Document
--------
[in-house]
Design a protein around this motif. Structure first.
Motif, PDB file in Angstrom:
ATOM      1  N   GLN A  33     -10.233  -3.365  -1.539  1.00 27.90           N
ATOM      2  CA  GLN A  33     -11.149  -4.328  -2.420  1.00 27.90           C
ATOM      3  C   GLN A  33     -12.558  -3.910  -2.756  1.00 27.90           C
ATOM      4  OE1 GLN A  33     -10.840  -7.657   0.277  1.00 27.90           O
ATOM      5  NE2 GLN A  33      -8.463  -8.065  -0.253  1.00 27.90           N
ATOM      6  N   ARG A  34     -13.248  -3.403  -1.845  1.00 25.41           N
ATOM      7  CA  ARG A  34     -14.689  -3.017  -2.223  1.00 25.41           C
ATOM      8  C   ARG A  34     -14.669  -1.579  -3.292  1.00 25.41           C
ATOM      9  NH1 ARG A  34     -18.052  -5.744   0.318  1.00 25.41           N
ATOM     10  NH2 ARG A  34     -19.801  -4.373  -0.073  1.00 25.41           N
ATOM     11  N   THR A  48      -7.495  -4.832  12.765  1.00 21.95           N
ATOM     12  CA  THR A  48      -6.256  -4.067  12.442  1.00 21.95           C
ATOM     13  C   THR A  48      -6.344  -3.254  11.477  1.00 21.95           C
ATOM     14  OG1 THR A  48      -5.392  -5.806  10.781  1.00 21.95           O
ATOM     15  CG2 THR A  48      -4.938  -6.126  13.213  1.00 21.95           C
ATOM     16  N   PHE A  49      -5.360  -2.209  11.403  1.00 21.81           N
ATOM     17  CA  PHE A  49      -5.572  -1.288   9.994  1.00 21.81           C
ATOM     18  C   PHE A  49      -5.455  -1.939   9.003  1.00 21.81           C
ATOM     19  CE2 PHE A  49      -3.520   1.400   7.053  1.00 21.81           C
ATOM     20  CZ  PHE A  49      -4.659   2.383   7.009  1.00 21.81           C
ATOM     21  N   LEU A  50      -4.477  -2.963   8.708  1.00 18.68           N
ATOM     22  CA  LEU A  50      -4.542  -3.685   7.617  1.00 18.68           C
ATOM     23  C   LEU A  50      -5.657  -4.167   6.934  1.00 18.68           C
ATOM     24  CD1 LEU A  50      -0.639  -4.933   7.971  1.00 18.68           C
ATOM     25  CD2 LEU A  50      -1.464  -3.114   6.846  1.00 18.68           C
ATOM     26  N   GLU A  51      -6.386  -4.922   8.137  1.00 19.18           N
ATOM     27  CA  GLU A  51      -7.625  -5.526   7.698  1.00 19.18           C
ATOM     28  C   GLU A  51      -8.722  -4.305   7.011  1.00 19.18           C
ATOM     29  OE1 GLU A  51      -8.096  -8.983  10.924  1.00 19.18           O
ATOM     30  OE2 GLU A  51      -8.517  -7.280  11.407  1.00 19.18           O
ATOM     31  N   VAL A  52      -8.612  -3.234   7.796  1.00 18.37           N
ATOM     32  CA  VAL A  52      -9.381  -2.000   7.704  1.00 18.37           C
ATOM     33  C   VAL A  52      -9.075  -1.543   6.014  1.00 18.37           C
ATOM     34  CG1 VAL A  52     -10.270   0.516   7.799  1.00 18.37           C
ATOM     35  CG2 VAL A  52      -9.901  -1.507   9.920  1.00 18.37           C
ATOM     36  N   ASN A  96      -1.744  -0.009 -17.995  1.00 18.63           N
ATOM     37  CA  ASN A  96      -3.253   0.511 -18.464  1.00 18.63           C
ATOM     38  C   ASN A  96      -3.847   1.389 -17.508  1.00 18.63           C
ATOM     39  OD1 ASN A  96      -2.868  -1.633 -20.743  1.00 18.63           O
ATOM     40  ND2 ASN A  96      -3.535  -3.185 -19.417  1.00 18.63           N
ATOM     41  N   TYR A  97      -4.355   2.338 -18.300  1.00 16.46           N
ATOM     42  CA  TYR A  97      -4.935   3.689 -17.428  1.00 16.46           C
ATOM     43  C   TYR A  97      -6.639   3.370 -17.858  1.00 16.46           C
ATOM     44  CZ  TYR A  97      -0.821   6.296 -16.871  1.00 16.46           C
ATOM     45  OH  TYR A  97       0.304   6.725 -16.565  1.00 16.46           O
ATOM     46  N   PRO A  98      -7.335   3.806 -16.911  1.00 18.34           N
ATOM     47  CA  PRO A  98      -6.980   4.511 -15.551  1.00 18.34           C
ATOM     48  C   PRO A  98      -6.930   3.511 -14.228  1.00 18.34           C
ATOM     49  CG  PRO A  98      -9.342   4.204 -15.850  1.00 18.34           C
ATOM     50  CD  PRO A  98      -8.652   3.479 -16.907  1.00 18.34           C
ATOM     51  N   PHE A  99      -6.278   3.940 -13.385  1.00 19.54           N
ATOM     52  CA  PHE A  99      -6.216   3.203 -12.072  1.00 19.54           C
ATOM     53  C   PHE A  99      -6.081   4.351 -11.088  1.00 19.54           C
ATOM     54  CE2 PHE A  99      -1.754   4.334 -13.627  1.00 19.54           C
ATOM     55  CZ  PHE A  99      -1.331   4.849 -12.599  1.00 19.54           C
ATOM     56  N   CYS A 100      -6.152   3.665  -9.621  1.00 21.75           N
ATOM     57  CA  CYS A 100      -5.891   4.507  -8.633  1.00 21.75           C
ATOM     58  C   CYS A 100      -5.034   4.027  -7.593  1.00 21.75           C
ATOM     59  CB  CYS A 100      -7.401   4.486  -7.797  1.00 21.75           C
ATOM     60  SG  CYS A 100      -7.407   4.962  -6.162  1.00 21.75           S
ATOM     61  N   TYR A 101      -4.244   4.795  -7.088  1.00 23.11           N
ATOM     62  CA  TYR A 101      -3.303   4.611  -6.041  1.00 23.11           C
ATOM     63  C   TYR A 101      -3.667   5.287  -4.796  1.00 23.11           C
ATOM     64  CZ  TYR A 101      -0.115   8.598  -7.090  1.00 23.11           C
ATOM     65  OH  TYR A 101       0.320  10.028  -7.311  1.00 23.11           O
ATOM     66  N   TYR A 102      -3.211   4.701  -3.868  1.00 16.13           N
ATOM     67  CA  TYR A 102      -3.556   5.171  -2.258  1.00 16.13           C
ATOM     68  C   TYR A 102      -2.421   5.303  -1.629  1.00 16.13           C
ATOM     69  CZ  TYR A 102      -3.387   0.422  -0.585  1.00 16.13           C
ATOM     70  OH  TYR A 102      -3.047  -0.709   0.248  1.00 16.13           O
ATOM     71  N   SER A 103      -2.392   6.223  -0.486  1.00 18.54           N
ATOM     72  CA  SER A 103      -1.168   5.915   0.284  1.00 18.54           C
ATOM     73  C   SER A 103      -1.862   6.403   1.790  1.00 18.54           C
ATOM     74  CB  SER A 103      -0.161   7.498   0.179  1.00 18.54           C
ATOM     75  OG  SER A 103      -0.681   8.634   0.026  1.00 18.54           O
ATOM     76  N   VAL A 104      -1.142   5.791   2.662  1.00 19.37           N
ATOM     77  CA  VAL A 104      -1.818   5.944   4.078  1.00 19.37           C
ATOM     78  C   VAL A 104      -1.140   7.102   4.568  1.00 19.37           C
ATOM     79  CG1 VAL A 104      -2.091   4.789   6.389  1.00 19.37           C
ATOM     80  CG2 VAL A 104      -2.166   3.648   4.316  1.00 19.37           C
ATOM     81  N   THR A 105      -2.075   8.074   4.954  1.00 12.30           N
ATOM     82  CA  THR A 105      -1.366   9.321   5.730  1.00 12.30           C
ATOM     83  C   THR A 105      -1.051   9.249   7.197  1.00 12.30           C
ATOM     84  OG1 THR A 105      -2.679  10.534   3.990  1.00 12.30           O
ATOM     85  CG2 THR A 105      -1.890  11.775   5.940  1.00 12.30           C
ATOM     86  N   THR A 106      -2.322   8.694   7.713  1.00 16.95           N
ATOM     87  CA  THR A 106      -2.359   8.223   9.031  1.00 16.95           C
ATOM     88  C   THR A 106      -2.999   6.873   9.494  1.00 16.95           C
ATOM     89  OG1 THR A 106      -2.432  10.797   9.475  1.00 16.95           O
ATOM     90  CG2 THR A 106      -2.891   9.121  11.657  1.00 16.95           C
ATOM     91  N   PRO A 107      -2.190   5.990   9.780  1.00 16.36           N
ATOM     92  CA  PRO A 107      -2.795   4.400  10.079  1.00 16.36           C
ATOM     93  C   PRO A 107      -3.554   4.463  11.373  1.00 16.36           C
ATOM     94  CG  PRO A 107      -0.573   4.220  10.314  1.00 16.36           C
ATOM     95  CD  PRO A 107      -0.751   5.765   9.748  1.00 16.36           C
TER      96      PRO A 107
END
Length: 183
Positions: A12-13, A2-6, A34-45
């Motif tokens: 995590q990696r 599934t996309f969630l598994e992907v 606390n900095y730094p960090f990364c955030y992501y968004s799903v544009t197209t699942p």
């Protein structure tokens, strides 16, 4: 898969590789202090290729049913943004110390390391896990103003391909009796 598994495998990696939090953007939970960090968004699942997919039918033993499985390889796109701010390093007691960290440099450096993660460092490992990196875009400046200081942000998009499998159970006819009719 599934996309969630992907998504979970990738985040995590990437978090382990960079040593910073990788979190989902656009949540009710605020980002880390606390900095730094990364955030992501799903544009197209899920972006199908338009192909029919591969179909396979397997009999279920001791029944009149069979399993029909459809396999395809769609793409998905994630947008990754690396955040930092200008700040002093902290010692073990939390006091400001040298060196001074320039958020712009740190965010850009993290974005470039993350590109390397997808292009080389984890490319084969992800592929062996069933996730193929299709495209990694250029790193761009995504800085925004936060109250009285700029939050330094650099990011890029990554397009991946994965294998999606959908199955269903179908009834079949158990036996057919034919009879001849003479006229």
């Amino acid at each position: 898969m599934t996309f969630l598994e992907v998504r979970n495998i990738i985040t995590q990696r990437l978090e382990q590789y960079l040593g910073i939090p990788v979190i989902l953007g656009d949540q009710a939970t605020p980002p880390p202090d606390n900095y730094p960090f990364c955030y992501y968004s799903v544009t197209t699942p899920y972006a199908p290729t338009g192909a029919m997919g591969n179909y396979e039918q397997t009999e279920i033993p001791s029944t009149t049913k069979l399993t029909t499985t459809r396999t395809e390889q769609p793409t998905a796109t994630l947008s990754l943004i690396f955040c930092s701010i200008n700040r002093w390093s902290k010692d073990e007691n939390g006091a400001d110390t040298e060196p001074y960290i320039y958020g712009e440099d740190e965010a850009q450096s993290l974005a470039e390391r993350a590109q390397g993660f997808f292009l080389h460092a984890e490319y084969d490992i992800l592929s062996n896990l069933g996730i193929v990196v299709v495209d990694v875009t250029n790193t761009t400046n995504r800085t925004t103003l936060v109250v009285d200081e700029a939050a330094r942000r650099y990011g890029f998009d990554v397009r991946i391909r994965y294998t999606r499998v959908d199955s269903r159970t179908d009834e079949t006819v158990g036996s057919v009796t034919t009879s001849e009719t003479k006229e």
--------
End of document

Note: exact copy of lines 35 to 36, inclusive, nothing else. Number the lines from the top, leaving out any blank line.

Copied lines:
ATOM     32  CA  VAL A  52      -9.381  -2.000   7.704  1.00 18.37           C
ATOM     33  C   VAL A  52      -9.075  -1.543   6.014  1.00 18.37           C